“He got me into the game a lot and playing more of the aggressive supports,” Nickolas “Hakuho” Surgent said. Hakuho is Clutch Gaming’s star support and a fellow notorious Thresh player. “My play style is to go in and fight people, which what he did on Thresh. He was super good at predictions and skill-shots in general, which is what I try to do.”
Madlife made playing support cool. Like Steph Curry did to the NBA with his three-point shooting prowess, Madlife changed how people play and view the game entirely. Instead of trying to figure out a way not to be saddled with the role of support, the position became something different, and it allowed support players to express themselves through flashes, kills, and other maneuvers than simply being on shields and healing duty. Madlife enjoyed being in front of the action, wowing viewers and opponents alike with his revolutionary way of playing.
“He changed the role to what it is now,” said Optic Gaming’s Terry “Big” Chuong. “Before it was just dropping wards and that’s it, you know. But now, it’s like let’s try to make a flashy play if you can. If it’s good, you’re confident. You flash predict someone, the crowd goes wild, your team wins, and everyone is happy.”
But like with all the greats, Madlife’s peak didn’t last forever. As the game grew in South Korea — partly due to his influence — the region became tougher, new faces emerged and by the time 2016 came around, the once-great CJ Entus dynasty had become one of the lower-ranked teams in the domestic league. When the team was finally relegated down to the second tier, Madlife decided to take his talents to North America to play on Gold Coin United in his final days as a professional. Although his mechanics weren’t what they were used to be, his intellect and game knowledge were still second-to-none, allowing him to enjoy some success in his quest to promote his new American team to the NA LCS.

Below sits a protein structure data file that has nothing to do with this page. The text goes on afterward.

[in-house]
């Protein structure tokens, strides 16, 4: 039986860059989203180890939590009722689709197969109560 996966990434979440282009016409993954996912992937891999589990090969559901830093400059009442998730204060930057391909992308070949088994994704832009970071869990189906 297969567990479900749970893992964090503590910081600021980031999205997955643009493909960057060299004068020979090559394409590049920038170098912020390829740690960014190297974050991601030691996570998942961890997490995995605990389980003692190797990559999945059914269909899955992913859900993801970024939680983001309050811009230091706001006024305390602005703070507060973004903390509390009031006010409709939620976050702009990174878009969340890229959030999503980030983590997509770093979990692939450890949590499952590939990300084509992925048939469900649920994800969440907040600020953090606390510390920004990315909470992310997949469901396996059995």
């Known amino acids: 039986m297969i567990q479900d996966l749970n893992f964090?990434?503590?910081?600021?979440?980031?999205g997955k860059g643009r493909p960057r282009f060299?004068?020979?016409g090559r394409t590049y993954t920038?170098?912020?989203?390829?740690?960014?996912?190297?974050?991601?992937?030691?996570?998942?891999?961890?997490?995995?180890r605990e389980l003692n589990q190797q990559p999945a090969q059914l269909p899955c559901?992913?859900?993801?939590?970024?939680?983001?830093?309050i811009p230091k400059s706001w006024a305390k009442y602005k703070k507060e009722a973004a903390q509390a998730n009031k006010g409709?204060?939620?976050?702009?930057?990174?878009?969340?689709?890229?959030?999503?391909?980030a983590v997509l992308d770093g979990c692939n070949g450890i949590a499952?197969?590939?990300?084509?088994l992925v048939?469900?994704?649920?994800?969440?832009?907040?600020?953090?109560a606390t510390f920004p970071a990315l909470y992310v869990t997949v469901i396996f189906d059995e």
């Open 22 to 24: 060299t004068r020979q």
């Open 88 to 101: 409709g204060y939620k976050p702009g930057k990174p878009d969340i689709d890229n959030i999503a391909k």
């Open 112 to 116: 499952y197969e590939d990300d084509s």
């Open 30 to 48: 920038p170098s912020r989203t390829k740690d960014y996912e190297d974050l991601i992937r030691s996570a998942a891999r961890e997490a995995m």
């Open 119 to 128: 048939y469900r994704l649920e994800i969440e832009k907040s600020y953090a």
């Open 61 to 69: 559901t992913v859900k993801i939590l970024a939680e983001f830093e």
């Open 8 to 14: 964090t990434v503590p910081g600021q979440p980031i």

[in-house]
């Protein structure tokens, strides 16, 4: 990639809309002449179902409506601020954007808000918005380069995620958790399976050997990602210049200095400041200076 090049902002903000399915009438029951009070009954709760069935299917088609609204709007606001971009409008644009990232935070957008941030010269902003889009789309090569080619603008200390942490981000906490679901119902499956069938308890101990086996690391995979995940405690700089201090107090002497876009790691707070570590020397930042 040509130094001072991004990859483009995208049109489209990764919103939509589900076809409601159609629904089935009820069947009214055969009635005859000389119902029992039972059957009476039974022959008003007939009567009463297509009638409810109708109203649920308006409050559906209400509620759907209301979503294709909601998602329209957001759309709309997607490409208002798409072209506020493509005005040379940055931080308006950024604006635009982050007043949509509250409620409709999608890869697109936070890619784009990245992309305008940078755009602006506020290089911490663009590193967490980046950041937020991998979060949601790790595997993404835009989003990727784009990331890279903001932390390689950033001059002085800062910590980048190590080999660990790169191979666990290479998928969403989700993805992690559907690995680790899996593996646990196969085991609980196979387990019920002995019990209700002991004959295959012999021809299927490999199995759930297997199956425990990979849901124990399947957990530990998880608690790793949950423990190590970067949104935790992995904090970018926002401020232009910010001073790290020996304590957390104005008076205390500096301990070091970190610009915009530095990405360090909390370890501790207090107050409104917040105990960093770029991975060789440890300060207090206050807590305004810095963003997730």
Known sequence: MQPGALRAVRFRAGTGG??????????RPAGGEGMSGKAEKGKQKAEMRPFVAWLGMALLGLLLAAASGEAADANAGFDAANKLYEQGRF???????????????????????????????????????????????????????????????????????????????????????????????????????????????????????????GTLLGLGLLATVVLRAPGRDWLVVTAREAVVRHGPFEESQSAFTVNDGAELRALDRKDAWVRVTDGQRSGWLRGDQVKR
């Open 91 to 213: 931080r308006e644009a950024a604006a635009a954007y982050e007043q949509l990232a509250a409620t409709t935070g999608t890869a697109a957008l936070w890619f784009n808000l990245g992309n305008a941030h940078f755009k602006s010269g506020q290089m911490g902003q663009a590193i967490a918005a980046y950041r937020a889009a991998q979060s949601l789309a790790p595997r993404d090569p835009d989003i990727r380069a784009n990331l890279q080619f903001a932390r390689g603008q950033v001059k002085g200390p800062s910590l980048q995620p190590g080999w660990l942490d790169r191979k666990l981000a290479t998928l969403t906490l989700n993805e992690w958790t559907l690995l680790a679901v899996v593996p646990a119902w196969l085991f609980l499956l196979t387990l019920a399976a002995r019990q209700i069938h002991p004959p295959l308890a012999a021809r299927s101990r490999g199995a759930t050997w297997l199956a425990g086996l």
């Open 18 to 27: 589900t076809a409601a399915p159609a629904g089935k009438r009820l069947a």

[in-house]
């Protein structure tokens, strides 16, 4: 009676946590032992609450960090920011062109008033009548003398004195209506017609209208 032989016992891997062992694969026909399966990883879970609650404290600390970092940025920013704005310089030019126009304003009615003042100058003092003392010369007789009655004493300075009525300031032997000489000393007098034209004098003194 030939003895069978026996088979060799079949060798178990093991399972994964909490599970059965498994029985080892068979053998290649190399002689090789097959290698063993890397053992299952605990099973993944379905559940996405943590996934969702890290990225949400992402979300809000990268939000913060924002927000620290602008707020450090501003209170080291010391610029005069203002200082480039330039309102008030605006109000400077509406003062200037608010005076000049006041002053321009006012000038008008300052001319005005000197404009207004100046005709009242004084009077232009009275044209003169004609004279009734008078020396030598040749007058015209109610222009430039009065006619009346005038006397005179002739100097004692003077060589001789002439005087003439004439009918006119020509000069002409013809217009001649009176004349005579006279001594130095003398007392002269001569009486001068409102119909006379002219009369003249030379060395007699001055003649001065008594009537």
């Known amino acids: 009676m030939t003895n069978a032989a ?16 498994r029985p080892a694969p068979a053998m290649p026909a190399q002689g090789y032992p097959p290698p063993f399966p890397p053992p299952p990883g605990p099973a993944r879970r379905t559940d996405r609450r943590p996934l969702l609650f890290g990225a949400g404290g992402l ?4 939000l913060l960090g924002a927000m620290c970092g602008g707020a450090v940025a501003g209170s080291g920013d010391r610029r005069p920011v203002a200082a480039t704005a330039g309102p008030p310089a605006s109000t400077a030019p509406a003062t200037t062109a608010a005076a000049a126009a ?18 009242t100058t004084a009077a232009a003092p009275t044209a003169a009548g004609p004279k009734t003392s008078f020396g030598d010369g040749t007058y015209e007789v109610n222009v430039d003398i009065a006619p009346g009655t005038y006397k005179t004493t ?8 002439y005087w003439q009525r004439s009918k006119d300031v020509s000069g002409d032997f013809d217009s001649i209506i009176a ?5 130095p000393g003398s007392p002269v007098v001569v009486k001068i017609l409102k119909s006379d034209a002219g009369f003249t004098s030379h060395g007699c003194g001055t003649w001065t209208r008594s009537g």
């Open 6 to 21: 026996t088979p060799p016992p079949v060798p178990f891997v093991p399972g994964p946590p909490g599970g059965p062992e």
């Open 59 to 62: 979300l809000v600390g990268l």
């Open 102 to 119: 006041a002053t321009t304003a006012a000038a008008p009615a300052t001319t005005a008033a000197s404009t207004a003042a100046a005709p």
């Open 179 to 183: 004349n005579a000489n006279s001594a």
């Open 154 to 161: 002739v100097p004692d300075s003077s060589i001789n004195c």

In the promotion tournament to get there, he would face off directly with someone whom he’d inspired to become a professional. Matthew “Matt” Elento, the support of the Golden Guardians, first went under the ID of “Mattlife” when he began playing, and his signature Thresh was fashioned after the support icon himself. When Matt got to play against his idol on the stage — and actually defeat him — it was a surreal, and somewhat bittersweet, moment.
“I looked up to [Madlife] and ended up playing against in the relegation tournament,” said Matt. “I ended up beating him, that was probably the last time he was playing on stage, so it kinda feels like I was the last step until he retired. So … pretty surreal to be part of his legacy and journey. He was probably one of the biggest reasons why I main support.”
While he never won the Summoner’s Cup, Madlife’s legacy will go on with the players he inspired. The next time you see a support player hoist the Cup into the air, just remember that there is a good chance they wouldn’t be standing there without a little help from Madlife.